The Nation’s Flawed Calculus

by GREG BATES

 

“Nader Voters Favor Kerry Over Bush by 3-to-1 Margin,” screams a Nation press release announcing the results of their recent poll, October 24, 2004. Playing gotcha politics, the Nation’s John Nichols claims it proves “Nader’s Flawed Calculus” (October 24 on the web).

Nichols writes of the survey,

“That’s a far cry from the picture Nader has been painting as he has continued to campaign in pivotal states such as Wisconsin, Minnesota and Ohio. In late September, in an interview with The Nation, Nader said, “You are going to be surprised at the number of Republicans who back our campaign. We are going to help beat Bush in a number of these states.”

Nichols cites the meat of the poll:

“Were Nader not in the running, 49 percent of those surveyed said they would switch to Kerry, according to the poll by Lake Snell Perry & Associates, a firm that frequently works for Democrats and public-interest groups. Only 17 percent indicated a preference for Bush. Another 24 percent said they were unsure what they would do, while 10 percent indicated that they would not vote.”

But count that up and you get 51% are either coming from the Bush camp, unsure, or wouldn’t vote in any case. Even assuming the undecideds split down the middle and cancel each other out, and it leaves Kerry 49% vs 27% for people who would either not vote if Nader wasn’t on the ballot or who would pick Bush.

Nichols continues,

“According to a new poll conducted for the Democratic National Committee, support for Nader in a dozen battleground states has fallen from 3 percent last summer to only 1.5 percent now. But that 1.5 percent could still matter a great deal.”

What Nichols doesn’t tell you is what anyone reading those numbers can see: a trend. Nader stated in the spring that his progressive support would melt as the election neared, especially in a close contest. That’s exactly what the numbers Nichols cites prove. But he’s so concentrated on alarming people that there’s no time to think whether that trend might continue. And certainly no consideration that Nichols might be proving rather than disproving Nader’s claim.

I asked David Mermin who is Senior Vice President of the firm that conducted the poll, Lake, Snell, Perry and Associates, about whether Nader’s support among progressives might continue to melt. He didn’t know but said it was clearly possible. He pointed out that 30-40% of Nader voters found issue-based messages about Iraq, healthcare and the economy “very convincing,” and might switch to vote Kerry. He then stated that those 30-40% who could go to Kerry are likely to be concentrated among the 49% of Nader voters who would otherwise vote Kerry anyway if Nader wasn’t on the ballot. If you subtract up to that 40%, your left with 9% of Nader voters who would otherwise vote for Kerry if Nader wasn’t an option. Meaning, if there is a continued shift toward Kerry, we could wind up with more Nader voters coming from the Republican camp than from the Kerry camp, which was precisely Nader’s prediction.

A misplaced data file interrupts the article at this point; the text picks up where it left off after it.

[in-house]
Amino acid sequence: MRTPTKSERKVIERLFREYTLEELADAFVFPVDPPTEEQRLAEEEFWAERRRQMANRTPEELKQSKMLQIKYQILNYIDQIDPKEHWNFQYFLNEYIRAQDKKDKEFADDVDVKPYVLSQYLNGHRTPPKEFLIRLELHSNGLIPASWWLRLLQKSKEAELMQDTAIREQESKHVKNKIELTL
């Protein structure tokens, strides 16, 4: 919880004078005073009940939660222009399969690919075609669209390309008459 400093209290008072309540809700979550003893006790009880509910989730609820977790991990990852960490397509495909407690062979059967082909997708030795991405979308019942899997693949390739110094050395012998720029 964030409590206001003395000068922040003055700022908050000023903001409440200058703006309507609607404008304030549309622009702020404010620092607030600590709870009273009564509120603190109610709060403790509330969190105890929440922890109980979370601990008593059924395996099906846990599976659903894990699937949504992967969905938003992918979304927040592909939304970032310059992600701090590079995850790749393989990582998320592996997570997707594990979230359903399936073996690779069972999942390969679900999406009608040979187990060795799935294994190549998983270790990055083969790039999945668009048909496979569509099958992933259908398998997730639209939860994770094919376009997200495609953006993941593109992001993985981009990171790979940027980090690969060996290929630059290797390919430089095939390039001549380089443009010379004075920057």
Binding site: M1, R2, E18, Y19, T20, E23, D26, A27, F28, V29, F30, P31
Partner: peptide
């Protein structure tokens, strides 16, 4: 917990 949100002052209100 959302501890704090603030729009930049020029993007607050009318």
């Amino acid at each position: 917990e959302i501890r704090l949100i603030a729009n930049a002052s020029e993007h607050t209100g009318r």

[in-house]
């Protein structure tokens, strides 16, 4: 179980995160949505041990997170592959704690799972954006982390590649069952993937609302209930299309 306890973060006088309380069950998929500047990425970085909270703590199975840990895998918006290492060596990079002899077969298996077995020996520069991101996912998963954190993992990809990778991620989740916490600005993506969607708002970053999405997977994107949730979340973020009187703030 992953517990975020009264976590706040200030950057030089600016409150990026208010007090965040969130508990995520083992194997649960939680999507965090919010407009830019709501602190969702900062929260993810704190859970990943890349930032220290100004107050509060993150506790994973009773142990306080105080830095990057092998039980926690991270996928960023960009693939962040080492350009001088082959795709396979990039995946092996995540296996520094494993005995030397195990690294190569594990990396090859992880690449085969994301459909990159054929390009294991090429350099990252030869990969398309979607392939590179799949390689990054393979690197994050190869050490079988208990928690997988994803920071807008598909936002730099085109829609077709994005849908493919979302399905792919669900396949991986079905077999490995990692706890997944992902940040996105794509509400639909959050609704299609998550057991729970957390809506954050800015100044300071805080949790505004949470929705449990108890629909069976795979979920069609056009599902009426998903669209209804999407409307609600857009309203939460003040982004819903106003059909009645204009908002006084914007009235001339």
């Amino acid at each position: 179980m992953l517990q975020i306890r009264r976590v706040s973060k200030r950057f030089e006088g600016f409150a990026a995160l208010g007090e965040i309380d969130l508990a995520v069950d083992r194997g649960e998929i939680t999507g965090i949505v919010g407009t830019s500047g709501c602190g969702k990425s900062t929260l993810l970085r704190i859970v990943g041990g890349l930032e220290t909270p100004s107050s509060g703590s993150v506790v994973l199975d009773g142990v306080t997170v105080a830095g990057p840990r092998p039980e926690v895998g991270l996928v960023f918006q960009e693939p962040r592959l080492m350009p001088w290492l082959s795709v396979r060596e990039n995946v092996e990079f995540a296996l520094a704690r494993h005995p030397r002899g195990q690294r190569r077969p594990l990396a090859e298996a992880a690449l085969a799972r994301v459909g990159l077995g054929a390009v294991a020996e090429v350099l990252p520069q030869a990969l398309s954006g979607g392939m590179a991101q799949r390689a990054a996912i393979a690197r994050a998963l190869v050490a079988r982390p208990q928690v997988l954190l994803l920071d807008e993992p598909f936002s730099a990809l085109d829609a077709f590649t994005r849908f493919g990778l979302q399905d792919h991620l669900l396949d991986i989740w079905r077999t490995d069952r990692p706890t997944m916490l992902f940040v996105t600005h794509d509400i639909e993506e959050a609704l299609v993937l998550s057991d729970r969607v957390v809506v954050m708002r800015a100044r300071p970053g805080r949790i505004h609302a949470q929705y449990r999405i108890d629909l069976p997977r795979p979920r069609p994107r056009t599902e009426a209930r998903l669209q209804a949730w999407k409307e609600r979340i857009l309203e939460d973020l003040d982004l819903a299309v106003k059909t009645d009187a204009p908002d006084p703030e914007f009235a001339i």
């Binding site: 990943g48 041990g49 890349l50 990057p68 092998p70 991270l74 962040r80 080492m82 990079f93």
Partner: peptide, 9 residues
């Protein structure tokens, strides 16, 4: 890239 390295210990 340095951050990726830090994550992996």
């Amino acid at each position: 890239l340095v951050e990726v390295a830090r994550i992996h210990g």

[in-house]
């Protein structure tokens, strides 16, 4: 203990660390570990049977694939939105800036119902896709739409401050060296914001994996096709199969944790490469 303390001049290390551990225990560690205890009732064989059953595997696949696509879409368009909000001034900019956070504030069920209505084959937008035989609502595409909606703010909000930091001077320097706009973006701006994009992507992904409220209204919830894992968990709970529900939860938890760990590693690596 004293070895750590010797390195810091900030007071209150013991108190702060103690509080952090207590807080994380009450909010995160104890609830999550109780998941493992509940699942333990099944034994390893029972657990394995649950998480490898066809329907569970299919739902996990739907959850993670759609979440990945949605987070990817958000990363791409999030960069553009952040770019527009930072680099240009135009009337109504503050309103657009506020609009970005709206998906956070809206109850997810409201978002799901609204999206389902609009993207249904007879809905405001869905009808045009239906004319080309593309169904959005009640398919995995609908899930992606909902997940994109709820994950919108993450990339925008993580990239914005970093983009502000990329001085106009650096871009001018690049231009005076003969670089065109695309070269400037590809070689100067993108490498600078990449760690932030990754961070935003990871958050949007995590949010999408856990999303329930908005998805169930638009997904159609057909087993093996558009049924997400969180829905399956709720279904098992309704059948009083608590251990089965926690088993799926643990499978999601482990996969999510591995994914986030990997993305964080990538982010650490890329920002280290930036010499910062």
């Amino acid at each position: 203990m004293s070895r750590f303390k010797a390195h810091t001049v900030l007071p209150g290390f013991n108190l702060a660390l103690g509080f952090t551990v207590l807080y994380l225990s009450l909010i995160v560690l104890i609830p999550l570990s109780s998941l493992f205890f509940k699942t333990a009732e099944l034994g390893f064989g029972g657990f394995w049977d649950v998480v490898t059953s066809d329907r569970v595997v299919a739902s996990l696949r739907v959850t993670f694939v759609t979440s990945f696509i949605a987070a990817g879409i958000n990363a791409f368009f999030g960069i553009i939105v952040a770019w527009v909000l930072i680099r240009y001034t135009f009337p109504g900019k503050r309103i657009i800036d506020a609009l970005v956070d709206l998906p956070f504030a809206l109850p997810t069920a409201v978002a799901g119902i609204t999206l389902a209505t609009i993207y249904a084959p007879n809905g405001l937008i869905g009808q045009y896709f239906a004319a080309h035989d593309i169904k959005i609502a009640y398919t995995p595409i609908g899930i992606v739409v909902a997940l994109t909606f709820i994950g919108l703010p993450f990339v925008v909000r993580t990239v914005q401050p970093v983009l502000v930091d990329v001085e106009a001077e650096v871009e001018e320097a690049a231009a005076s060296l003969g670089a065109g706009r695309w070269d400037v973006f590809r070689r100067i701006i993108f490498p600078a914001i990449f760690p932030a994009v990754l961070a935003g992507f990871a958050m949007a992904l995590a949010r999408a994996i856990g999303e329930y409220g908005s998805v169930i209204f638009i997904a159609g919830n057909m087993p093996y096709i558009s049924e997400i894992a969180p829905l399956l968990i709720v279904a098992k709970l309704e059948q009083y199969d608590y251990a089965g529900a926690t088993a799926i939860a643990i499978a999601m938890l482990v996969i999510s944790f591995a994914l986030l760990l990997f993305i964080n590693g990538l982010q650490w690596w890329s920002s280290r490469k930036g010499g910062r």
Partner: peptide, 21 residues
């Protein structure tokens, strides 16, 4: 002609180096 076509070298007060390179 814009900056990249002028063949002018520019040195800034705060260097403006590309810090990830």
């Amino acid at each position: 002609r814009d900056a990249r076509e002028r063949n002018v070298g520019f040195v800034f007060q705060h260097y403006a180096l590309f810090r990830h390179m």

Also used to hammer Nader is a result that only 16% said they would not vote if Nader wasn’t running, appearing to contradict Nader’s claim that he will get more voters to the polls. But the question had a high refusal rate, 13% wouldn’t answer, casting some doubt on how firm that 16% is. Presumably those who say they would not vote if Nader wasn’t on the ballot are the true diehards. If Nader’s progressive support continues to melt as he predicts, that 16% sliver that goes to the polls because of his candidacy might in the end represent a higher percentage of Nader voters, knocking away yet another criticism of his campaign.

There’s also some cheer in the poll. As mentioned above, the poll firm’s memo states that “After hearing issue-based message about the risk of four more years of Bush, Nader voters are more open to Kerry. Four in ten voters find messages on the Iraq war, health care, and the economy “very convincing” as reasons to vote for Kerry.” But what about the other six in ten? Does that mean they continue to see Kerry clearly? Does that 60% majority realize that Kerry’s plan for Iraq isn’t substantially different from Bush’s, that Kerry’s healthcare plan will still leave millions uninsured while shoveling cash into the hands of business, that Kerry’s economy means the continued concentration of wealth in the hands of fewer people?

I asked Mermin about this. He said that while 30-40% found the messages to be “very convincing” reasons to vote Kerry, for the rest they “weren’t very convincing,” and therefore unlikely that such messages would be a factor in their decision, he concluded.

I’m not saying it’s good or bad that some Nader voters are rigid. Only that it’s heartening that a majority of them can see the limits of the propaganda. Here are the messages designed to sway Nader voters, that only 40% found convincing: